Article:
Many forms of government have existed, and now exist, in our world…many forms of government can be depicted in fiction (including ones we haven’t yet seen in reality, like, um, a completely fair one.) Epic fantasy is frequently criticized for having monarchies and aristocracies (and the writers thereof accused of romanticism about the Middle Ages.) So a reasonable question is “Why are the political systems in Paksworld what they are?”
And the answer is, “I studied history at Rice under F.S. Lear and K.F. Drew and C. Garside. That explains everything.” And I see a row of stubbornly frowning faces in front of me, with thought balloons over their heads saying “That explains NOTHING.” And I’ll bet the stubborn faces would still have those thought balloons if I added, “OK, there was also prehistory and cultural anthropology…”
Fine. Here’s the (partial–you never get ALL the details or I’d never have time to write fiction) explanation. Lear’s history classes focused on the political and legal history of Greece and Rome…with assigned reading that gradually made sense of what contributed to what bits of it. Cultural anthropology and archaeology classes dealt with social structure in specific situations (hunter/ gather societies, early agricultural societies, etc.) Studying history and pre-history and anthropology side by side filled some of the gaps in each. I could not ignore any of that when writing fiction; the world-building had to include a history that was more than events, the “clash of empires” kind of thing. In the meantime, after college, I’d had plenty of time to read more–in anthropology, sociology, psychology, political science, and yes, more history–to add more to the mix of things I felt had to balance in any fictional world.
Every size of culture (from a 20-30 person band up to the Persian Empire) has a range of likely political solutions to “How do we make this group thing work?” Roles and routines can be created from necessity and then become Tradition when the necessity no longer exists. Small groups can take the time to listen to everyone’s opinion (they may not, but they can) whereas in large groups, the time it takes (with no way to filter the input) may not be practical even if the will is there. (Where does everyone sit/stand? Who is going to watch the children while this is going on? Who’s minding the goats? Who’s harvesting the grain? Who’s keeping watch so the enemy doesn’t surprise us?) Even in small groups, there will be social pressure not to express a very divergent opinion, social sanctions against those who disturb too many people.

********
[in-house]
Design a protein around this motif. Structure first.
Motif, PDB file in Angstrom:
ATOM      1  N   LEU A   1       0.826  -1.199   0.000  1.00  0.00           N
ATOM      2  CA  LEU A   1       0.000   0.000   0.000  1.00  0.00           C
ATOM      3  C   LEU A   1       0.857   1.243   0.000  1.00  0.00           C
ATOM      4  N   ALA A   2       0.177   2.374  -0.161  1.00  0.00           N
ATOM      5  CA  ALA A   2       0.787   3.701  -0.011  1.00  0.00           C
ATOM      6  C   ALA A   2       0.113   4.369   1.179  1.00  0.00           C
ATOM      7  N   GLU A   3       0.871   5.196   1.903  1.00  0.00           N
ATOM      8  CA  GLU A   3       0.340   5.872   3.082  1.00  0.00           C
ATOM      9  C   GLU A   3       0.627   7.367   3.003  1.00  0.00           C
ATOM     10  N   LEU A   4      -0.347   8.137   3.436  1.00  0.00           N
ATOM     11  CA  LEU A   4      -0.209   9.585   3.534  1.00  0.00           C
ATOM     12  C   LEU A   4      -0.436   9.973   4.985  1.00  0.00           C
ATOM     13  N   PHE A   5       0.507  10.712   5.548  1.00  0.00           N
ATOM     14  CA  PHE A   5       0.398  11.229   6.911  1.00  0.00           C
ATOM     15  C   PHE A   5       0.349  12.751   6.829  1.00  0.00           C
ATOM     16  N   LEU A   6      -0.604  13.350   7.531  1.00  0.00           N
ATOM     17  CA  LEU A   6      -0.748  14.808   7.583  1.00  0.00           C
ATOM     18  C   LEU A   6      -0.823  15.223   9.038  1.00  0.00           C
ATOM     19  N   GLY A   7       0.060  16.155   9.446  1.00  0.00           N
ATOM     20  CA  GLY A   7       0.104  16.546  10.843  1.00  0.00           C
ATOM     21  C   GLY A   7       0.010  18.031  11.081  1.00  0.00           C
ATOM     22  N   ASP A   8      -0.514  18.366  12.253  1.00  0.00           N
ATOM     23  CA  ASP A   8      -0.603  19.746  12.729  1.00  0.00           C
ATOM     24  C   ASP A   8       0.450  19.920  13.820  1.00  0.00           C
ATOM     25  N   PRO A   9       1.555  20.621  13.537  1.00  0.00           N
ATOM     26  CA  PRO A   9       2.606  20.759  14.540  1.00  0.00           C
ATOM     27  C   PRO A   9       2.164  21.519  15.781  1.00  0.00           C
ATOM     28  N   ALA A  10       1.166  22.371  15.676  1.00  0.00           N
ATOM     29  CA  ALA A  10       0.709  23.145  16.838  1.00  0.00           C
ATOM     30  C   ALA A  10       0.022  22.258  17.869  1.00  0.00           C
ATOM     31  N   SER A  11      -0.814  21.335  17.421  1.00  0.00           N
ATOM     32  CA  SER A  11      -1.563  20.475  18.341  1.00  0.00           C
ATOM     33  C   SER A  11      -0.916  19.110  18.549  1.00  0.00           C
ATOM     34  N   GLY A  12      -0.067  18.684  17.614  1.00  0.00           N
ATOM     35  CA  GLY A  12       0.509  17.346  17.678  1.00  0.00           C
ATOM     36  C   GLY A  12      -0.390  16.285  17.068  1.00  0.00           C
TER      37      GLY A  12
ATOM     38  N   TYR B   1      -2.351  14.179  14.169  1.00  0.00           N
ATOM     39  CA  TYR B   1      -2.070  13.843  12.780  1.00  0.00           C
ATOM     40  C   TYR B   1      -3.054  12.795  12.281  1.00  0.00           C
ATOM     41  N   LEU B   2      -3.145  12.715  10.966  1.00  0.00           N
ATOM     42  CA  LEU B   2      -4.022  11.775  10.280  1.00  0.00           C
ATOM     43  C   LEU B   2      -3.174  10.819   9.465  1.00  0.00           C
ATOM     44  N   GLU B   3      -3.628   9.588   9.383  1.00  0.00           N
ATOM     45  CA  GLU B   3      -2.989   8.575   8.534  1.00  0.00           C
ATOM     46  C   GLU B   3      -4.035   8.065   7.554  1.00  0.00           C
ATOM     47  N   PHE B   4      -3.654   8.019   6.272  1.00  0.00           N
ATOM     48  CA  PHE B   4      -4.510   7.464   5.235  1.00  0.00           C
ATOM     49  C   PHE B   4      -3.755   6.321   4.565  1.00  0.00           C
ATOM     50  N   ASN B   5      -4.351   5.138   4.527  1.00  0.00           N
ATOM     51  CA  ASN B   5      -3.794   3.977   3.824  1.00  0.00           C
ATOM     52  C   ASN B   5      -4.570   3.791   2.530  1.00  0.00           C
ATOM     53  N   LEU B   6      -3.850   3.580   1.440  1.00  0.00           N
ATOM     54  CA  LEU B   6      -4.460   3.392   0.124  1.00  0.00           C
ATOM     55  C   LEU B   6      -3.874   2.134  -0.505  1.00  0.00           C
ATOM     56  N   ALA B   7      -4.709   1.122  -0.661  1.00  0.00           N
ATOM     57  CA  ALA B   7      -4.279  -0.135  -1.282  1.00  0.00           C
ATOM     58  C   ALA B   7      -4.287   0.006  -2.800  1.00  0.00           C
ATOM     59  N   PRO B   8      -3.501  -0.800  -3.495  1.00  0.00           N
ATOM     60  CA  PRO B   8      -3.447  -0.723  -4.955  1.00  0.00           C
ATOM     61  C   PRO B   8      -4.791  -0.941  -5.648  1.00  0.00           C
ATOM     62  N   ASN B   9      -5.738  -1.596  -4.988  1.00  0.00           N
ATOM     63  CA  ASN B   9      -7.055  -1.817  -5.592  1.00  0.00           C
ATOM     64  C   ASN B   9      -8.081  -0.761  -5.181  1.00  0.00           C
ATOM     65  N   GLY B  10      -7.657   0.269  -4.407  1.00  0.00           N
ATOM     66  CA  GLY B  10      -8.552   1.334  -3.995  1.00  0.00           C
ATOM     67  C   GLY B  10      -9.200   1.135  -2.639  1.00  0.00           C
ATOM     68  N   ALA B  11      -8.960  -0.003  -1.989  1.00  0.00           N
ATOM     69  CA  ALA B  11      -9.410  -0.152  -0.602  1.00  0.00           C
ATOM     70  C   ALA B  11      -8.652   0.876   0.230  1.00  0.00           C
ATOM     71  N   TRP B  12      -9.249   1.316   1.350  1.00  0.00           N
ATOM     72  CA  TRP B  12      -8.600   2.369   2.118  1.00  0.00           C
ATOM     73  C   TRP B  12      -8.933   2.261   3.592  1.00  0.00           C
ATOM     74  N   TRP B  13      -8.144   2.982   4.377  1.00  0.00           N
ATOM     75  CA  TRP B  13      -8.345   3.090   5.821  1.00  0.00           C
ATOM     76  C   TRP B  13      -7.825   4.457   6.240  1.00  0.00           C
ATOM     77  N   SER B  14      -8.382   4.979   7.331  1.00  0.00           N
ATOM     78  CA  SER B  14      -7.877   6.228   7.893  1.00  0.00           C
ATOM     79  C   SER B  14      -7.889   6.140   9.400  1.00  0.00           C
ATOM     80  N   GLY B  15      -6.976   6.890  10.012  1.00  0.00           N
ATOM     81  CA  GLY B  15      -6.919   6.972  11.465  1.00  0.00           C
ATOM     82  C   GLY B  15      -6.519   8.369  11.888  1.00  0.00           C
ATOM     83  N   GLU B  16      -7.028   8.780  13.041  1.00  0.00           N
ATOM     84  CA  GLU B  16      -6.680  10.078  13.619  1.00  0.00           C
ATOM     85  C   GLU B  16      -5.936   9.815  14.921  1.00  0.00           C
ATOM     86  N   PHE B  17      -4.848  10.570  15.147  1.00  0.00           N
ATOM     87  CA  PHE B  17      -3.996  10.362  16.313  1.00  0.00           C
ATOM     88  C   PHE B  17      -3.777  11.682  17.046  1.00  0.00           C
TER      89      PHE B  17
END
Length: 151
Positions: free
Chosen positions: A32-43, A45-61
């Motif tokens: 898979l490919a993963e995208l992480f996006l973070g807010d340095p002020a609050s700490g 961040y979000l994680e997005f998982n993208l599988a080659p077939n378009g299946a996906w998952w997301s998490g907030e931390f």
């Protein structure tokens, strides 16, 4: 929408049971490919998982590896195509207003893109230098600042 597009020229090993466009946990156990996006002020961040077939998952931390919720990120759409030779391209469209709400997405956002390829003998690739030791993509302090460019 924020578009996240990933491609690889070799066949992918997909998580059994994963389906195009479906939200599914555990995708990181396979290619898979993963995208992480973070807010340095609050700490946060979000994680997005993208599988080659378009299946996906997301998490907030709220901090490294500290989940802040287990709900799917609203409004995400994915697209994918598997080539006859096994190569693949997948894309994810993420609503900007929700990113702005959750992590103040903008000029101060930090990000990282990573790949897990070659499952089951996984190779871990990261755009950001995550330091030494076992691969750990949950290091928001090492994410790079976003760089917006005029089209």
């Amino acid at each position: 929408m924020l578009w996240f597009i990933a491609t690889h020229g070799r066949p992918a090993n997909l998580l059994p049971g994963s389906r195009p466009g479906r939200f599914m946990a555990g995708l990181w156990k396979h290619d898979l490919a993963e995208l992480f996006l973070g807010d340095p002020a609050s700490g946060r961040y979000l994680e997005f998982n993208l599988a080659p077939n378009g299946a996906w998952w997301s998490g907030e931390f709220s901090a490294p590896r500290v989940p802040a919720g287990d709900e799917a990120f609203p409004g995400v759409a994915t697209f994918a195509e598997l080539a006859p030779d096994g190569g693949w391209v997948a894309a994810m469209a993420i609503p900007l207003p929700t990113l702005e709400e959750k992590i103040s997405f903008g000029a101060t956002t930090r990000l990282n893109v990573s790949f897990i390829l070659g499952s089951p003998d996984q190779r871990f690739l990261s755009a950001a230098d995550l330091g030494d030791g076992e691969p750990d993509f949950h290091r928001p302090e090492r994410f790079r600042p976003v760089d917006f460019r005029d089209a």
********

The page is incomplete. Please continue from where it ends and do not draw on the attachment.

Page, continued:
Some groups of each size are “looser” and some “tighter”–often, but not always, in response to environmental pressures (from climate, from weather, from disease, from contact–friendly or hostile–with other human groups.) A charismatic person finds it easier to influence others–and thus can gain power beyond what his/her talents and strength would suggest, and change group dynamics from more, to less, democratic. As societies enlarge (if they do) the organization does not scale up smoothly…new structures emerge, often with substructures that reveal the earlier, small-scale organization. Changes in the substrate–the environment, broadly conceived–stress existing structures and force change in them. The obvious (one-leader, all powerful) may in fact be different in reality (small group of powerful and competing individuals partly concealed by the one obvious leader, who is their puppet.)
So to Paksworld. I wanted a range of political situations that could reasonably exist in the same time period, in regular contact with one another, and having histories that made sense to me. As it’s a fantasy world, some of that history can be unreal in our terms. In our late medieval period, on one continent with regular contact among them, there were absolute monarchies, smaller principalities (also strictly hierarchical and headed by one person), theocracies, city-states independent (mostly) of outside political control and governed by councils of wealthy citizens, village clusters with a democratic bent, and more. Various invasions had affected the political system and legal system of different areas differently, but they all had a common experience of devastating conflict.
So–with all this rattling around in my head–there was Paks quarreling with her father on the edge of civilization–a farmhouse beyond the nearest village, very close to or over the edge of anyone’s map of what belongs under one name. Is it Fintha? Is it Tsaia? Nobody there knows or cares. She goes from her traditional family, past the little village–the first organization–small enough that every voice can be heard, if they’re willing (and they are, mostly.) Down the slope to the larger town where she meets the recruiting team…and that town is part of a larger domain. Rocky Ford is in Tsaia, on the map. That means it’s part of a monarchy, strongly influenced by religion. Why is Tsaia a monarchy? Because of the magelords and their beliefs about magery–one of the things they took from the elves (the wrong elves) who tutored them in magery was a belief that strong magery created a right to rule. Why is it strongly influenced by religion? Because Tsaia lost the Girdish war.